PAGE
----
Shiseido failed to defend its TUNING COLOR GROUP registration against removal for non-use.
Dr. Kurt Wolff GmbH & Co KG applied for removal of the TUNING COLOR GROUP registration owned by Shiseido Co Ltd on the basis that the mark had not been used in Australia for all the registered goods during the relevant three-year non-use period.
Wishing to defend its registration, Shiseido opposed its removal and filed evidence attesting to the use of the TUNING COLOR GROUP trade mark in Australia in the following ways:
- Brochures and colour charts for hair colourants in the PRIMINENCE range with colours in this range referred to as either TUNING COLOR GROUP or MULTI COLOR GROUP though this was not shown on the brochures and colour charts
- Screenshots from Shiseido’s website and the website of an Australian distributor of Shiseido’s hair colourants which show use of TUNING COLOR GROUP dated within the relevant non-use period
- Invoices corresponding to supply of the PRIMINENCE range of hair colourants to an Australian distributor dated within the relevant non-use period
Unfortunately for Shiseido, the invoices it sought to rely on were filed out of time with their omission from the Evidence in Support and were only brought to its attention by submissions filed by Dr Kurt Wolff. Nevertheless, the Delegate had a broad discretion to consider all relevant evidence given the public interest and gave due regard to these invoices but determined that they had limited probative value as these contained no reference to the TUNING COLOR GROUP trade mark.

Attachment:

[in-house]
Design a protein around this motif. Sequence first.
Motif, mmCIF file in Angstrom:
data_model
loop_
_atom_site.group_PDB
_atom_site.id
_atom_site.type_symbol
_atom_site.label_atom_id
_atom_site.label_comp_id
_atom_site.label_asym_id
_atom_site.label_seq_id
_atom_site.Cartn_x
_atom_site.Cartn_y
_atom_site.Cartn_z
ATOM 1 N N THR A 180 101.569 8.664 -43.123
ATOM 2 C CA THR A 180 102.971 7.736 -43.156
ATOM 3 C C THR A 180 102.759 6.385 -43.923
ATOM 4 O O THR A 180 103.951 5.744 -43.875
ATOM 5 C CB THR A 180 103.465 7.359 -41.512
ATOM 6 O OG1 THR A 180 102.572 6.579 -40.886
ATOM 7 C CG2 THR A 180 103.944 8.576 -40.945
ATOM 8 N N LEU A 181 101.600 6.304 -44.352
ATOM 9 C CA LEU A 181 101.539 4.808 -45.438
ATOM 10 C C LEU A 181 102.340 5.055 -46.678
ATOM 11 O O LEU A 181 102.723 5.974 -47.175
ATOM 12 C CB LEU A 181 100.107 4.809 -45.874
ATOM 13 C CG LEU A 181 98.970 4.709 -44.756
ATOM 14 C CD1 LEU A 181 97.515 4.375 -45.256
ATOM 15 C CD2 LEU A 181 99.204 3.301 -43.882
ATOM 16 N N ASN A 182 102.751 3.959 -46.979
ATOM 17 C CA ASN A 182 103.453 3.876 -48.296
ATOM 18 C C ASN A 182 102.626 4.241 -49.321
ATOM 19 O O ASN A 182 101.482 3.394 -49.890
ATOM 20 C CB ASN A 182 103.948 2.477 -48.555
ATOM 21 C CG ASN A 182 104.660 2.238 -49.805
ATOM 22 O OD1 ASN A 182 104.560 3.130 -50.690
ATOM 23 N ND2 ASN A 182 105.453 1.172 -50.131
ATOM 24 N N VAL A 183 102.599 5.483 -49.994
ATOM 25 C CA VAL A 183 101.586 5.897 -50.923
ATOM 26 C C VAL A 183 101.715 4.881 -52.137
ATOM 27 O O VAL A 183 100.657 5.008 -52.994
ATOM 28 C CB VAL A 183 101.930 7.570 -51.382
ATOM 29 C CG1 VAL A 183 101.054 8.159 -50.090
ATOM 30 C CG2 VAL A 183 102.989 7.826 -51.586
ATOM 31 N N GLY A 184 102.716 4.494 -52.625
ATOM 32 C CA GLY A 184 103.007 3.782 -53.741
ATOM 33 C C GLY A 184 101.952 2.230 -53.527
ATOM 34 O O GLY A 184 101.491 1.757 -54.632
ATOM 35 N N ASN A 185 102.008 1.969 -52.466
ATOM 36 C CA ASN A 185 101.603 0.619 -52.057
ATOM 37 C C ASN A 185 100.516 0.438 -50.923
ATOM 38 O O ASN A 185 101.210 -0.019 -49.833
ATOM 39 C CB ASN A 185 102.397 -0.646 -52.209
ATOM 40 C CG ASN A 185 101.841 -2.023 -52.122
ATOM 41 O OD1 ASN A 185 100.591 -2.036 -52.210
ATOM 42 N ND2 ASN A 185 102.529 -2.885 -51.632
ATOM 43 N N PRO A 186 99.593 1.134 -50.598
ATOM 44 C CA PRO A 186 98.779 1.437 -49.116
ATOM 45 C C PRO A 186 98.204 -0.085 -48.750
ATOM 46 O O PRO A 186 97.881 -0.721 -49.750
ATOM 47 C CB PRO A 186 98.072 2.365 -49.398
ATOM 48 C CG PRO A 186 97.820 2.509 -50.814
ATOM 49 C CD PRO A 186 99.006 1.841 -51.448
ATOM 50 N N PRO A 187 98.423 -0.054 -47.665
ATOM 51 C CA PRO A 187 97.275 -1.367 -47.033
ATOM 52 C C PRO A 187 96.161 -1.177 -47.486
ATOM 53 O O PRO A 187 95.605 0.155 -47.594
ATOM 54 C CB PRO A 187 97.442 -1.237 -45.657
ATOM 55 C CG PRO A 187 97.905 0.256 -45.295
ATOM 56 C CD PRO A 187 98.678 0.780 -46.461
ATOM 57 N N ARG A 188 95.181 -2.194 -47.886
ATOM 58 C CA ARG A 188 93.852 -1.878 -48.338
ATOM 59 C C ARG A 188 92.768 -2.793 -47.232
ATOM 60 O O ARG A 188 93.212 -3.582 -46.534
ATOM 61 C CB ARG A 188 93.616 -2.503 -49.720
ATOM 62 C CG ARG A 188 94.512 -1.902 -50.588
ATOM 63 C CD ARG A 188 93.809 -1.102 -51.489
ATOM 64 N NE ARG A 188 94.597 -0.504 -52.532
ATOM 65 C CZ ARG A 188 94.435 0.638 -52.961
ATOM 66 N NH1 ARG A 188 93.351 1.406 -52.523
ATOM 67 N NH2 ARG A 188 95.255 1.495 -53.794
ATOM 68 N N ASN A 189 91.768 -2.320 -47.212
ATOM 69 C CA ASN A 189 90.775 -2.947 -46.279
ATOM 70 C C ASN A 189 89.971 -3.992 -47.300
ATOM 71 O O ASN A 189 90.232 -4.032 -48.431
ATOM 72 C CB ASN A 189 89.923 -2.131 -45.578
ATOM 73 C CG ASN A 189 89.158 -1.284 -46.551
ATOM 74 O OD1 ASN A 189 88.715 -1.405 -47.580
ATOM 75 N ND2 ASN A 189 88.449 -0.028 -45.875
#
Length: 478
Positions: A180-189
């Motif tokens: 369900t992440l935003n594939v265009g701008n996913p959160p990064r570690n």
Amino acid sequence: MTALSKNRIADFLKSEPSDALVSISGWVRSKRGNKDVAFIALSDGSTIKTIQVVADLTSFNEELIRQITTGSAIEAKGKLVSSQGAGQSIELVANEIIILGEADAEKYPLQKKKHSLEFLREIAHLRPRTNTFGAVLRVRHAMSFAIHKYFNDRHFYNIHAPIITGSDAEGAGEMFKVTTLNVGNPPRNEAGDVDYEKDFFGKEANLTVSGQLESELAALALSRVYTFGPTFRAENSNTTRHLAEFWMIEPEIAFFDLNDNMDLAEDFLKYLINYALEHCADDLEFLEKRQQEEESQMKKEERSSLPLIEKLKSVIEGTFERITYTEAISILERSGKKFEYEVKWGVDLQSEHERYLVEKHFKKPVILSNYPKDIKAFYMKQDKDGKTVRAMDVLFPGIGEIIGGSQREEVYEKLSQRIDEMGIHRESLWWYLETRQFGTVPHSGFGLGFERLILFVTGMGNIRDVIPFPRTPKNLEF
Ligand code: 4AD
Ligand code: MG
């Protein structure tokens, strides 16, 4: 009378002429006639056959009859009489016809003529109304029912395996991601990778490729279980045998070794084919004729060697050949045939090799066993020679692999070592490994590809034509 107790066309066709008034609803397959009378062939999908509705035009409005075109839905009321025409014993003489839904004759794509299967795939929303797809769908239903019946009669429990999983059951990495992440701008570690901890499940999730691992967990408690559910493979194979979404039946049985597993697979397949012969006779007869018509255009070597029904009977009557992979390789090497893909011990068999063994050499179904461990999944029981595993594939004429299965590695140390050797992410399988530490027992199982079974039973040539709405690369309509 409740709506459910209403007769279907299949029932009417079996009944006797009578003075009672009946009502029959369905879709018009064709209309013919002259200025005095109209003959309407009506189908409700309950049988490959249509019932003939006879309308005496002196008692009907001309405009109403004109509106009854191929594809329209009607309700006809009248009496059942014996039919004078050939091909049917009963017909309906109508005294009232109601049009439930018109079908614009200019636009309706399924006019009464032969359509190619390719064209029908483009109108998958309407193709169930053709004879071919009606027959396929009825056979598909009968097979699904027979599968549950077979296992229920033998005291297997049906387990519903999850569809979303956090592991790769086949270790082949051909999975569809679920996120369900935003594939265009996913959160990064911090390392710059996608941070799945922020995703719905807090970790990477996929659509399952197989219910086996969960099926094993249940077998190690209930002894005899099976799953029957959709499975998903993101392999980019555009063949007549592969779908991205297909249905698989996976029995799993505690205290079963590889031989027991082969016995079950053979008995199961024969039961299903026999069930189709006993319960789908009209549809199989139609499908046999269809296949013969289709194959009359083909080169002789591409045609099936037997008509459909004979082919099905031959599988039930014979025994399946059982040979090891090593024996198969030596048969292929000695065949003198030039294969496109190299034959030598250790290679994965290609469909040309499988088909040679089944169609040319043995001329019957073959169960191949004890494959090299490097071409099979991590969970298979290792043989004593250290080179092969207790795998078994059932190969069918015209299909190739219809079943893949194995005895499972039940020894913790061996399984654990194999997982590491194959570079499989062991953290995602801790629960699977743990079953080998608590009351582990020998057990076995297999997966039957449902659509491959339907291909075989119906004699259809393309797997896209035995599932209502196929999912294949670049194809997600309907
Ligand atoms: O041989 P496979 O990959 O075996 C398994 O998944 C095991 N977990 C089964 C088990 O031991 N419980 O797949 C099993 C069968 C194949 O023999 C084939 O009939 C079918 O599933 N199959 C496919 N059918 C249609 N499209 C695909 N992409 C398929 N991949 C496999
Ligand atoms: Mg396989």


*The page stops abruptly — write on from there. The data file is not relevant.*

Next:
The brochures and colour charts provided by Shiseido were also found to not be evidence of use of the TUNING COLOR GROUP trade mark as they only referred to Shiseido’s PRIMINENCE trade mark. In addition, the Delegate noted that these materials were undated and there was no supporting evidence to show that these materials had been distributed in Australia within the relevant period.
The Delegate agreed that there were references to TUNING COLOR GROUP on the screenshots from Shiseido’s website and its Australian distributor but ultimately held that this was not use “as a trade mark”. Instead, it was held that this kind of use was descriptive of colours available within the PRIMINENCE range of hair colourants. Alternatively, even if this had constituted use of TUNING COLOUR GROUP as a trade mark, the Delegate noted that Shiseido had not provided evidence that this use by a distributor was authorised by Shiseido or that Shiseido’s website had been accessed by any consumer in Australia within the relevant non-use period.
Shiseido therefore failed to discharge its onus of showing use of the TUNING COLOR GROUP trade mark in Australia within the relevant non-use period and the Delegate was not persuaded by the evidence to exercise discretion to keep the trade mark registered.
This decision is a good reminder to file evidence of your trade mark being used “as a trade mark” and demonstrate a link between any third party use with the registered trade mark owner in non-use removal proceedings.